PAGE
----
The rainbow tree

This one was liked well enough on Google+, so I might as well post it here. I have been uploading more photos there, in case anyone is interested.

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7 Comments

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7 responses to “The rainbow tree

  1. Richard Séguin

    I didn’t realize that you were on Google+. I like a lot of your photos, so I bookmarked your page.

  2. Oh, thanks! Do you have a photo site?

  3. Richard Séguin

    As I noted once before, I currently have a number of photos at

    http://gallery.me.com/richardseguin#gallery

    Apple will be discontinuing these galleries soon and at that point I’ll have to come up with an alternative, and hopefully a better alternative. It’s been a while since I’ve added to the gallery as I’ve been consumed by a couple of other projects (math and otherwise).

  4. Yes, now I remember seeing that – sorry I forgot about it. I’ve been happy enough with Google+ so far. I had a couple of minor reservations when I started posting there – for example, it would arrange albums automatically and wouldn’t let you choose the cover photo – but that has since been fixed. It does convert the files to lower resolution (I upload an 8M photo and it ends up being a 1M file on G+). Then again, I’m fine with people not downloading the full-size files, so it does not bother me.

  5. Richard Séguin

    I just looked at your Google+ page again, and found the lovely photo of the birds! Then I followed the link in “Might work for #yisforyellow , too,” found more #………, and also references to “curator.” What’s going on here? Are there any copyright or usage issues with these Google+ pages?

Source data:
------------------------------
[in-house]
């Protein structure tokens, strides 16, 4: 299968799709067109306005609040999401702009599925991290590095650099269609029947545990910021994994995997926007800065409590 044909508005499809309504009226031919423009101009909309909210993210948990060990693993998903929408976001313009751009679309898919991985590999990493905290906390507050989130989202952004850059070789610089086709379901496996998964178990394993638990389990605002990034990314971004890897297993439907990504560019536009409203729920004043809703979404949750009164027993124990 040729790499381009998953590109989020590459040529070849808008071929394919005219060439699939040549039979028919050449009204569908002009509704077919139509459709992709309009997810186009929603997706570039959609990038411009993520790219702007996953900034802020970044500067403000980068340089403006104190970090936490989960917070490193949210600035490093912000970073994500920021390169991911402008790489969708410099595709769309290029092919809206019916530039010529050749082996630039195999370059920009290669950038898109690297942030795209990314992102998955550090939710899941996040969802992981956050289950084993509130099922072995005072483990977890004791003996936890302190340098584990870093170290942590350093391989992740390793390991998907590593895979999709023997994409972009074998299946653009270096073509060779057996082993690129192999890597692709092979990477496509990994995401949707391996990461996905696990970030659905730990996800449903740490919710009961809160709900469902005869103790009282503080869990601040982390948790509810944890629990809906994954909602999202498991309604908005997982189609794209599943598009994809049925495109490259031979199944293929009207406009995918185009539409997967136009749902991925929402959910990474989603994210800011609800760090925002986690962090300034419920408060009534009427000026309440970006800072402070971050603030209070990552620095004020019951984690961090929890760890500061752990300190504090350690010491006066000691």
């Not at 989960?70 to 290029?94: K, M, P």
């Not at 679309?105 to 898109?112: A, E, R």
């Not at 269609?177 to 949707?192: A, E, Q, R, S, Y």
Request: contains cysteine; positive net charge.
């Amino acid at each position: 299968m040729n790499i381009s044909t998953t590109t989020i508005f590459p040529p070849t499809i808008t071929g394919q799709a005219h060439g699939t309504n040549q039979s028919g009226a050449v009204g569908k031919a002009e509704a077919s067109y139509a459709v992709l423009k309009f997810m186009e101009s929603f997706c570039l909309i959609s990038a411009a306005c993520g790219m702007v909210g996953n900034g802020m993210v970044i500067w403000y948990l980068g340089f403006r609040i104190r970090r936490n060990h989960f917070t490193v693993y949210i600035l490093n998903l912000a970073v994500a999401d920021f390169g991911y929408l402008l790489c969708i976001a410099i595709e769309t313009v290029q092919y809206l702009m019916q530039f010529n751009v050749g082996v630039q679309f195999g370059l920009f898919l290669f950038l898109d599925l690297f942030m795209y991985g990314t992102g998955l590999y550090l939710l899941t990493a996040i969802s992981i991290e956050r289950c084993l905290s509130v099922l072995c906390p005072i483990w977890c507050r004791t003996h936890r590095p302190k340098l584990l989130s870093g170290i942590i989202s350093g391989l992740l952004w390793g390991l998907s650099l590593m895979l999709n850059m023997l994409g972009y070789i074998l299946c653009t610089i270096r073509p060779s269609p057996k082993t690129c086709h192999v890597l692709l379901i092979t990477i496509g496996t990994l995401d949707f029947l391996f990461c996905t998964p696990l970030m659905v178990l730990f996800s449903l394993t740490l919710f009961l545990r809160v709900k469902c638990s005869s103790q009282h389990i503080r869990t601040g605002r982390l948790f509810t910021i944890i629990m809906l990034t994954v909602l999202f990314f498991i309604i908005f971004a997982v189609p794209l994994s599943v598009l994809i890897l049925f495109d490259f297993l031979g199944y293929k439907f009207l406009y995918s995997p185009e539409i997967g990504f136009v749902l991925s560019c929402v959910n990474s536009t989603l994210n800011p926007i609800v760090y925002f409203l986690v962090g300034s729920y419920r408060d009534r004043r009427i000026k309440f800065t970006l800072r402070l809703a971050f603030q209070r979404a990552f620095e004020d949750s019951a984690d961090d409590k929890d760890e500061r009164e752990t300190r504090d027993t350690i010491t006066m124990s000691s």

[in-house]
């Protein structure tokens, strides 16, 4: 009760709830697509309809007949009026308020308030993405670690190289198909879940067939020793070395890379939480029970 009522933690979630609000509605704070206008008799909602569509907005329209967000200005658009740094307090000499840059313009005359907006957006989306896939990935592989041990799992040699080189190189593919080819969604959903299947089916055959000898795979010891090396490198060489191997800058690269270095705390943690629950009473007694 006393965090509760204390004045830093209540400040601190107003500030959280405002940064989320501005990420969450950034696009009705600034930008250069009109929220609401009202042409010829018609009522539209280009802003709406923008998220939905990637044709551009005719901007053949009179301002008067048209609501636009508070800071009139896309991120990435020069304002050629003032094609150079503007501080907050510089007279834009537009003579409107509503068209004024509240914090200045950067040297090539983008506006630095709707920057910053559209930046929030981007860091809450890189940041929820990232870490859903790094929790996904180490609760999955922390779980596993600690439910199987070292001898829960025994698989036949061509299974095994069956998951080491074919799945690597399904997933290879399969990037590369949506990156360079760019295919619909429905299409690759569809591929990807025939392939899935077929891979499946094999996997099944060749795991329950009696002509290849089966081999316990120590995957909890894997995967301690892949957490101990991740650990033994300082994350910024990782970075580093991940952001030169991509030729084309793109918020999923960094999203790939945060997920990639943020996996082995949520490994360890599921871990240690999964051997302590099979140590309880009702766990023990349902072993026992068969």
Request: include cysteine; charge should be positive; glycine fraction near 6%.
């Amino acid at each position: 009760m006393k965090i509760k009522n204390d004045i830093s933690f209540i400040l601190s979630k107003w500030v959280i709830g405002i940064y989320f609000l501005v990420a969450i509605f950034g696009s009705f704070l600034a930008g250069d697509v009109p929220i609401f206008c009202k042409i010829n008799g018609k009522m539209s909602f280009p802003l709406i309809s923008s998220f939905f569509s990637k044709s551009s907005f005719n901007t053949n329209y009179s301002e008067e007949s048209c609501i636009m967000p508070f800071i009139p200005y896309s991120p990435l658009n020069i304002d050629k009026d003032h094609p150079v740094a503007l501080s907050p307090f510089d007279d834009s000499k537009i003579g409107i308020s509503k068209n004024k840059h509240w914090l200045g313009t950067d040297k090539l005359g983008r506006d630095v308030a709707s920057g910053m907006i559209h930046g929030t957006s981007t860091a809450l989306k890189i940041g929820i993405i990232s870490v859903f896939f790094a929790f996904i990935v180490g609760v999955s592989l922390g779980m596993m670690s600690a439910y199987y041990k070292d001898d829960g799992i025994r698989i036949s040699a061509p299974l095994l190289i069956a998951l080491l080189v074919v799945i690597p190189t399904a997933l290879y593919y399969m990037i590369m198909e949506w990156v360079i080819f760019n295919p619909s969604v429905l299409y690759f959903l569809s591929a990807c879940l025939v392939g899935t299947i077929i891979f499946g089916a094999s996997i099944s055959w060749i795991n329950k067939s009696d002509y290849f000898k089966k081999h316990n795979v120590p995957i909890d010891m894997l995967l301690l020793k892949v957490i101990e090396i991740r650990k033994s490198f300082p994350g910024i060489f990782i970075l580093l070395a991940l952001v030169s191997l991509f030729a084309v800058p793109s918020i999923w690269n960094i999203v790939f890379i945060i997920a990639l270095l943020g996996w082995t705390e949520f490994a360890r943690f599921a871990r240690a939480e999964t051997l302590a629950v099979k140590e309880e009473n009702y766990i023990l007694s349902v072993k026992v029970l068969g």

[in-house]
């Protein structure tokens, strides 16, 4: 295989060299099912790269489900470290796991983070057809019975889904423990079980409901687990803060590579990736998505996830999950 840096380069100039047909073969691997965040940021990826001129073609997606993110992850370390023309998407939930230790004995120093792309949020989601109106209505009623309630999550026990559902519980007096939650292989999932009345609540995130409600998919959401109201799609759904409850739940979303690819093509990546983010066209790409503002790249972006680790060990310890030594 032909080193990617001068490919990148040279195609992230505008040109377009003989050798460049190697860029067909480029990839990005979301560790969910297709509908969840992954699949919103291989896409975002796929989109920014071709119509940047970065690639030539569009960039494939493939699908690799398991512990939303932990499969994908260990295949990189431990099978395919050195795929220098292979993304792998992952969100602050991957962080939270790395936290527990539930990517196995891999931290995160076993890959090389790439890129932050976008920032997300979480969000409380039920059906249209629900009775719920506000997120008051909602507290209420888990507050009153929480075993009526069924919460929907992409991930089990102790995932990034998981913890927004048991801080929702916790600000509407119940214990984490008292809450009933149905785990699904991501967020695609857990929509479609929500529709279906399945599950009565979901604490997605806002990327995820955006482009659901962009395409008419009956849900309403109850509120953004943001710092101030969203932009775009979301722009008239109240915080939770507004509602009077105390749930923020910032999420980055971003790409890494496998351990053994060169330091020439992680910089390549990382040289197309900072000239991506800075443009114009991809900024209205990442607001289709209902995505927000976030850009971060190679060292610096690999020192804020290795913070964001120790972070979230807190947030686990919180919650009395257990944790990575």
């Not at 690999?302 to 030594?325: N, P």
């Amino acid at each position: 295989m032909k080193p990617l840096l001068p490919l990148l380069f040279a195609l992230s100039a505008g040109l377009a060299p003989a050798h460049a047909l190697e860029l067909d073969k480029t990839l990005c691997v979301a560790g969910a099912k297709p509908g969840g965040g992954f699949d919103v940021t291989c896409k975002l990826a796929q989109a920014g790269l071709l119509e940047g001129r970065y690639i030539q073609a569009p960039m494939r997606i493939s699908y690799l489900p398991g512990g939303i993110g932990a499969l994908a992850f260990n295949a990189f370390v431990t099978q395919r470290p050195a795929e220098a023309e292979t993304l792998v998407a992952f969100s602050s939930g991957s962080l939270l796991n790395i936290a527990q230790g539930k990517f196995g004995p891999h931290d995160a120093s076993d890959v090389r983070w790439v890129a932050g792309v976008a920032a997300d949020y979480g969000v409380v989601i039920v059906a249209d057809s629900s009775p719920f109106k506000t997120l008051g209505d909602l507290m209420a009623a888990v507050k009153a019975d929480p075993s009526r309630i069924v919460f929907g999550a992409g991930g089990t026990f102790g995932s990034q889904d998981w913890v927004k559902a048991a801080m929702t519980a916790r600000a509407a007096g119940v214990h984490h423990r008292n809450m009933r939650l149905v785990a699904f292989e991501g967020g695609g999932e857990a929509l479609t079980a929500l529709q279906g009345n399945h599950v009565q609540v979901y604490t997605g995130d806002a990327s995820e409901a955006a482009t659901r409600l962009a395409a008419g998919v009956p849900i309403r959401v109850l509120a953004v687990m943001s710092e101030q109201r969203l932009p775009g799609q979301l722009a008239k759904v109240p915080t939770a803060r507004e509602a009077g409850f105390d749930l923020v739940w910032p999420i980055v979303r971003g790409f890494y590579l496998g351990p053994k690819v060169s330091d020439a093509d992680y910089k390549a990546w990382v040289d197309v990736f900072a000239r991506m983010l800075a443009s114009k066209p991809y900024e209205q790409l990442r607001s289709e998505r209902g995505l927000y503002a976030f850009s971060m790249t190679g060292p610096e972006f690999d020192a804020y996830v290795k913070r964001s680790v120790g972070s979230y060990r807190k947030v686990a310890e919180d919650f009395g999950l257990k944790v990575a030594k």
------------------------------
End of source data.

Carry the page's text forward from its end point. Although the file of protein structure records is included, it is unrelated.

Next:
6. This refers to thematic photo pages. You tag a photo for a theme (yellow birds would obviously get tagged for something bird-related or yellow-related). The “curator” is the person who maintains the thematic page, shares the tagged photos, comments on them, etc. Others, too, may search for photos by tags. So, basically, you publicize your work and meet interesting folks along the way.

    Thematic pages often have shared circles that make rounds once in a while. When I was getting started, I added a couple of those, and suddenly I had almost 1K people in my circles, mostly photographers. That’s basically a constant stream of high quality photos across your screen. Some of the people you circle will add you back if they like your work. I don’t always have the time to look at the profile of everyone who circles me, but I do it when I can.

    You keep the copyright, and you can disable downloads from your page if you want (I did, just in case). You give permission to Google+ users to share your photos. This will be labelled as a share of your post, and they can only do it if the photo was either public or posted to a circle that they’re in.

    Hope this helps!

  7. Richard Séguin

    Thanks! That’s a fairly complete explanation. I did notice that a large fraction of the photos are of high quality. I think I’ll do a little more poking around in there.